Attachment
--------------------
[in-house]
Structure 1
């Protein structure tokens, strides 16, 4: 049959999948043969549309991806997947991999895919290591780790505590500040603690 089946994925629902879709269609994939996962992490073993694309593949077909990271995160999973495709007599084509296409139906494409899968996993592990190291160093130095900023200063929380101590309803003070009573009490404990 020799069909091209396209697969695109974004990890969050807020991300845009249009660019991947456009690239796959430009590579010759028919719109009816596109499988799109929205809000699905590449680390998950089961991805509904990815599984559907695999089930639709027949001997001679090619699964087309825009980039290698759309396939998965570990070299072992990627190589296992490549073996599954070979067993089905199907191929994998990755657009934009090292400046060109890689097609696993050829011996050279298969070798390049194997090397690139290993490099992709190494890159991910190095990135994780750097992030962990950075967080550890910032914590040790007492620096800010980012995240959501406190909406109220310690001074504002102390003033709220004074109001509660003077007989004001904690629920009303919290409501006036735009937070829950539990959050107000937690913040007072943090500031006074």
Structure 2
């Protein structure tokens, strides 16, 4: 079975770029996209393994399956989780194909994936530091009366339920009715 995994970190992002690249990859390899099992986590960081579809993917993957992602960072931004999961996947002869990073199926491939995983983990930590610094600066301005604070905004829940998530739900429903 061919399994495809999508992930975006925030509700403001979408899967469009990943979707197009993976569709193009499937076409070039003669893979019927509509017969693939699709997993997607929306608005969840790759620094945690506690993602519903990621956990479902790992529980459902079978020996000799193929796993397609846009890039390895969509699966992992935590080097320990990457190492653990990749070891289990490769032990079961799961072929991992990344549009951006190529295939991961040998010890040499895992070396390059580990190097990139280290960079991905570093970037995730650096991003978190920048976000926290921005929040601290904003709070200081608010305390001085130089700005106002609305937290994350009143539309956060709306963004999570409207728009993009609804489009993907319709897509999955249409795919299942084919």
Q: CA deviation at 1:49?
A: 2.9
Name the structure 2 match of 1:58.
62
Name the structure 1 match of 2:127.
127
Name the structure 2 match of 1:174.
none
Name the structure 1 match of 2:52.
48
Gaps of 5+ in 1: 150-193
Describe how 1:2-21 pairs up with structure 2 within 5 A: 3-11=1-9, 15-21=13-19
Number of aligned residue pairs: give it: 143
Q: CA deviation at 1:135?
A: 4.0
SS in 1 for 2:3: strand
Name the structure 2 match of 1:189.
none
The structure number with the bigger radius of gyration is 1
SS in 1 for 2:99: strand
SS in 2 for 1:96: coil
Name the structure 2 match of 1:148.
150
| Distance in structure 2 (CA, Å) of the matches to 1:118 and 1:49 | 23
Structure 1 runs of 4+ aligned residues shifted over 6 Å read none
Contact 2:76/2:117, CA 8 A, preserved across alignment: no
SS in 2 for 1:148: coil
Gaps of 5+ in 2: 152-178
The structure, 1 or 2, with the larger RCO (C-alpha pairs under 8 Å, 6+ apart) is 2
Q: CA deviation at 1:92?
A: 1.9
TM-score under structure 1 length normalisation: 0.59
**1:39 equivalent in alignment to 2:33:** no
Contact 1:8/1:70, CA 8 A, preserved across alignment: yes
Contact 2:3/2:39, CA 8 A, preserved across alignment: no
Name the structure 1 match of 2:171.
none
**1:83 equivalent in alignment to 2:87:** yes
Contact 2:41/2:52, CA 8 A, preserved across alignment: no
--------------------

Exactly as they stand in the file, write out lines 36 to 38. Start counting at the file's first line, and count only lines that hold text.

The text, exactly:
A: 1.9
TM-score under structure 1 length normalisation: 0.59
**1:39 equivalent in alignment to 2:33:** no